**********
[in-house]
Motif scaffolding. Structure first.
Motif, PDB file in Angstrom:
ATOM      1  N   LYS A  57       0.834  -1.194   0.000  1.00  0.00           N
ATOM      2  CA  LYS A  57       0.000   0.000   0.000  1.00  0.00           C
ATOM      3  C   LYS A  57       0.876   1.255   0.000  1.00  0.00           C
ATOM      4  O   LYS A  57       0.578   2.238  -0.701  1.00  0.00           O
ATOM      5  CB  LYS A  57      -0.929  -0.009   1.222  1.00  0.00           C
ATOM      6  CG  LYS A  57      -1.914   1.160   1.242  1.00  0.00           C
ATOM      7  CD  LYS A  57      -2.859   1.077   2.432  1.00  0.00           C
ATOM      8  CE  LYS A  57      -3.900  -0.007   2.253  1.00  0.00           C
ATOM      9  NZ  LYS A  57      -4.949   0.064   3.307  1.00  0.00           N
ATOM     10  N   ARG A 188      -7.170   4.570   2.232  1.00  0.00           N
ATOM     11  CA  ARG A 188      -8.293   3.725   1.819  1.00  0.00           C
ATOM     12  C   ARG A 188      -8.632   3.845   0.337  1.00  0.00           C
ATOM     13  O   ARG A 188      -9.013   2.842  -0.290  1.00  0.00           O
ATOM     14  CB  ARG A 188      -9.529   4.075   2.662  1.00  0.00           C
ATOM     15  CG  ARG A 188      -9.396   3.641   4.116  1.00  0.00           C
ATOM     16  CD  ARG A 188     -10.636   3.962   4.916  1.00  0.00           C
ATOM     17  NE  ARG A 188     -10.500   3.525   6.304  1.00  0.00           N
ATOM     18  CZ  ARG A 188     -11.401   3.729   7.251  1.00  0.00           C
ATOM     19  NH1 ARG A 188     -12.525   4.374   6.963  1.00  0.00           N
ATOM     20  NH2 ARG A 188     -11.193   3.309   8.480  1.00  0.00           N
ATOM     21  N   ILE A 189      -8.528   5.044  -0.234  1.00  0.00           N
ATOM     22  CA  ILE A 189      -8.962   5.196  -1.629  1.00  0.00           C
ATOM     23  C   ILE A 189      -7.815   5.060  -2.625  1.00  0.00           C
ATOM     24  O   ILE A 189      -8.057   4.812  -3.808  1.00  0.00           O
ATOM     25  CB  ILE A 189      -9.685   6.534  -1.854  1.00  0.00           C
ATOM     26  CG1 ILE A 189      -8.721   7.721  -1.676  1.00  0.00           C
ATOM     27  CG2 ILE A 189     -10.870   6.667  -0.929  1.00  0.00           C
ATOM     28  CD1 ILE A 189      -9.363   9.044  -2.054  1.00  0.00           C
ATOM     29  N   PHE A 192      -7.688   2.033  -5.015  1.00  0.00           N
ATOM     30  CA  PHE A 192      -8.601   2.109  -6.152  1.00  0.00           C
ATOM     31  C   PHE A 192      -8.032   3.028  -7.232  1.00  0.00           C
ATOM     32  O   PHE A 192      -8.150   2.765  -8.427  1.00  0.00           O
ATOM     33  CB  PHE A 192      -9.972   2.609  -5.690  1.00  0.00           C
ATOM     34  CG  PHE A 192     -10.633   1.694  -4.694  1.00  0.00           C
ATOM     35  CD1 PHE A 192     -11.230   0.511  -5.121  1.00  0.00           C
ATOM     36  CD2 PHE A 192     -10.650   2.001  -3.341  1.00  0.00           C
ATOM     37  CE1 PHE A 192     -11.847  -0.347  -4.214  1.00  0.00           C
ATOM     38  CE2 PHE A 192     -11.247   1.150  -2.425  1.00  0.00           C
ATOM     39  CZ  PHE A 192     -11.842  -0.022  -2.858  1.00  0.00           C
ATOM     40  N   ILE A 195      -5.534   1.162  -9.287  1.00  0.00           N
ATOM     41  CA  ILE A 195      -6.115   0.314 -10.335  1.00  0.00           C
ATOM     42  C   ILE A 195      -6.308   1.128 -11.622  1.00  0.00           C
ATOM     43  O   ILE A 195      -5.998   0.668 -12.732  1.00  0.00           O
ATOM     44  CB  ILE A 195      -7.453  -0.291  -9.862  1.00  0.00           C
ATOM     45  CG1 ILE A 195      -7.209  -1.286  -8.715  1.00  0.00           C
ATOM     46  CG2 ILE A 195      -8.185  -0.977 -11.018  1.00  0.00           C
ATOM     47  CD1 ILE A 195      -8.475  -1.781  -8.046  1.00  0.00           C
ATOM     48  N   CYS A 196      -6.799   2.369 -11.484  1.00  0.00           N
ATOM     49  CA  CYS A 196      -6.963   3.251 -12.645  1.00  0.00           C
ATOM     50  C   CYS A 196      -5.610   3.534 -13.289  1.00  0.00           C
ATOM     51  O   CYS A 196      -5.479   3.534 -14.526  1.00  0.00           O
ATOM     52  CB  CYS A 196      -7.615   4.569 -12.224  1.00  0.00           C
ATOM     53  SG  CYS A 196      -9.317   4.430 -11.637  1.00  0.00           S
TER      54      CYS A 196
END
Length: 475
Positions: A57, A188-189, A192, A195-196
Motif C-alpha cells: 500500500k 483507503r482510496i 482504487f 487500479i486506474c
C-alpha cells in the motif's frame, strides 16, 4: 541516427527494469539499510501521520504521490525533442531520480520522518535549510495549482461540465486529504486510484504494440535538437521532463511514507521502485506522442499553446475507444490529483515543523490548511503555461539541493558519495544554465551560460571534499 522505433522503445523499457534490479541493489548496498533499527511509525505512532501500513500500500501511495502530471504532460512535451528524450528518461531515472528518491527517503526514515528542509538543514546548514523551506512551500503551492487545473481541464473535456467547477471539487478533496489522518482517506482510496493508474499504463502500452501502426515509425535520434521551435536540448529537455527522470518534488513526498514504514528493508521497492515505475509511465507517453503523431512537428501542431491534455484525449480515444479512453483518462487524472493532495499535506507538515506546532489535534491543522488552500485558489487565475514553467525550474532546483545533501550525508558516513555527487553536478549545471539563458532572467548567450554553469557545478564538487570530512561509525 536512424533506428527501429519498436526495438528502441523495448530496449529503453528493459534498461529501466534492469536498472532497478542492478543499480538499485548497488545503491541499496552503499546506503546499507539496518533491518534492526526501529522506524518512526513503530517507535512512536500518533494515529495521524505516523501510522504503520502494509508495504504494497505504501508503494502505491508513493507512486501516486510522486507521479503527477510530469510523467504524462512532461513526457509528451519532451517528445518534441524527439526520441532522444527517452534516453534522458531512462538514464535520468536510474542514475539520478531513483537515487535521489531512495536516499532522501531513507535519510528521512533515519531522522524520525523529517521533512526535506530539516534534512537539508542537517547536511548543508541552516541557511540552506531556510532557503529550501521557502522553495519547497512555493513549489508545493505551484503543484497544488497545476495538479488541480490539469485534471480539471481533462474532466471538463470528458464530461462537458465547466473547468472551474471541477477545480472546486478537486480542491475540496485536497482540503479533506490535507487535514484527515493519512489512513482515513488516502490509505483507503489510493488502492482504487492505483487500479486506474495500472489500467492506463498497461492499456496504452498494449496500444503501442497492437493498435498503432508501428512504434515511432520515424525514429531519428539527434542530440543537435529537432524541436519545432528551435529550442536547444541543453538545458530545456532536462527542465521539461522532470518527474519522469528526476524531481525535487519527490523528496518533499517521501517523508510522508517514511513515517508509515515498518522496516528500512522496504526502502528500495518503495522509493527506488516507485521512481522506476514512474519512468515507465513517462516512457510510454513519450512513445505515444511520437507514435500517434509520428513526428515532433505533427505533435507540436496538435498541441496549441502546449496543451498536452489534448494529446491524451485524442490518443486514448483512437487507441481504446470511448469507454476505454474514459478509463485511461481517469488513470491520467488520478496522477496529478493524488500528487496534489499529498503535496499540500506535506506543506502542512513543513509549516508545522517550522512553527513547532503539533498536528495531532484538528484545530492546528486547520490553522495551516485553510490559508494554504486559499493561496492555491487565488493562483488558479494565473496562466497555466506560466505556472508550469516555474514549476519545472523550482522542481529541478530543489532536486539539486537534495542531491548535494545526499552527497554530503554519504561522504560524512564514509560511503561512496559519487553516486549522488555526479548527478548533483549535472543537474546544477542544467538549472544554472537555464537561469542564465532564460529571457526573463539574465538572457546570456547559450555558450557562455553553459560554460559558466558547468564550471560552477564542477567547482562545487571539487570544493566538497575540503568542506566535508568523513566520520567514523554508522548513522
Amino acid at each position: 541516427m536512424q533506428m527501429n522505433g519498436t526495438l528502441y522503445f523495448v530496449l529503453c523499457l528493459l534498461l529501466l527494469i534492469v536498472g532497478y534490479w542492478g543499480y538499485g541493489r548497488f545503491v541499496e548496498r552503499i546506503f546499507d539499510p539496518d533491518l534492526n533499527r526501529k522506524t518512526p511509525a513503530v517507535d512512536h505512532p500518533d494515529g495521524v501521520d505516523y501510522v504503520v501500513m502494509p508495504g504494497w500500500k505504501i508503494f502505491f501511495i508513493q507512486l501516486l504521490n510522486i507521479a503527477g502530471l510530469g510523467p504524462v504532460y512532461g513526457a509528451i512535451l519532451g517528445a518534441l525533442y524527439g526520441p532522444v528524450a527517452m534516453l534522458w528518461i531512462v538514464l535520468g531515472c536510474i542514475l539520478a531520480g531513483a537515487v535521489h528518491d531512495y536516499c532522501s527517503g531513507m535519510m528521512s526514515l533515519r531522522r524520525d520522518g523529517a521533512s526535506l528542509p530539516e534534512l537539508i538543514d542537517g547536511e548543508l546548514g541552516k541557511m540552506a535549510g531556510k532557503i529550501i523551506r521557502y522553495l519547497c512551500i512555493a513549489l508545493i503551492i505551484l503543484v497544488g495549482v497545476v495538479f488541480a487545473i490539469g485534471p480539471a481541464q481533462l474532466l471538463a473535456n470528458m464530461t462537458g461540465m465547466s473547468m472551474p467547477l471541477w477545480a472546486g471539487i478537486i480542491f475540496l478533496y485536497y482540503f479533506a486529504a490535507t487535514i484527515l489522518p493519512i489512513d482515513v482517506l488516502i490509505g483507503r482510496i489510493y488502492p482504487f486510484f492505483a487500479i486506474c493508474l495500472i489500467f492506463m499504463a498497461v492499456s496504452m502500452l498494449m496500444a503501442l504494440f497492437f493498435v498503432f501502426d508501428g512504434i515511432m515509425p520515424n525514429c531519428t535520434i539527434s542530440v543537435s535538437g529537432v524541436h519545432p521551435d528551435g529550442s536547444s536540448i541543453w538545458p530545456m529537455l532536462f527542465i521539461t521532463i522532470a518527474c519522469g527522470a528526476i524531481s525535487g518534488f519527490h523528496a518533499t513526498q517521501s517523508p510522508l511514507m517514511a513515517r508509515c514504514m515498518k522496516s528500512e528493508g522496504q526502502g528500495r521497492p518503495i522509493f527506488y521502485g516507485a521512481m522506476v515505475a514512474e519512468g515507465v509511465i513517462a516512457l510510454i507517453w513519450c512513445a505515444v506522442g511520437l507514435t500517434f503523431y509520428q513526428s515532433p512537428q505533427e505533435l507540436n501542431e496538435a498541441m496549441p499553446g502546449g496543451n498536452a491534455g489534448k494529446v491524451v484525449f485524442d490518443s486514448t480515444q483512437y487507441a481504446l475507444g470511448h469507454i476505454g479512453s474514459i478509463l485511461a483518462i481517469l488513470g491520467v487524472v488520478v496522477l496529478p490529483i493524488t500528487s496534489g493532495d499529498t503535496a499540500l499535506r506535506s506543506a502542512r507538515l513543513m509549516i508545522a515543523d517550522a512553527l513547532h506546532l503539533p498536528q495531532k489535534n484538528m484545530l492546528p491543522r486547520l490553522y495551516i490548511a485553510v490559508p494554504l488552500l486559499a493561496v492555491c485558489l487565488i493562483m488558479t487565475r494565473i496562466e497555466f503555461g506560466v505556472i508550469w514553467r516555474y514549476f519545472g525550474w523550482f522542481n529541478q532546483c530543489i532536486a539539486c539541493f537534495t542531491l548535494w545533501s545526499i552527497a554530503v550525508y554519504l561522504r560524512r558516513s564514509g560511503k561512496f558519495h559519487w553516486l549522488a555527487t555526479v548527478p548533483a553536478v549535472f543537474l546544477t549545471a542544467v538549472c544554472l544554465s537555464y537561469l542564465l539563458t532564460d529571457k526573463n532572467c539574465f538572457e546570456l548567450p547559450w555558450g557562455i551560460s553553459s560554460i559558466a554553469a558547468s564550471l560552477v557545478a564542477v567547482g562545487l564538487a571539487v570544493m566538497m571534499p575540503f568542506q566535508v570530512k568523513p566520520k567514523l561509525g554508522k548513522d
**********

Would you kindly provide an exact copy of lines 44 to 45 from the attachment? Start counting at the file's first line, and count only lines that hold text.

ATOM     41  CA  ILE A 195      -6.115   0.314 -10.335  1.00  0.00           C
ATOM     42  C   ILE A 195      -6.308   1.128 -11.622  1.00  0.00           C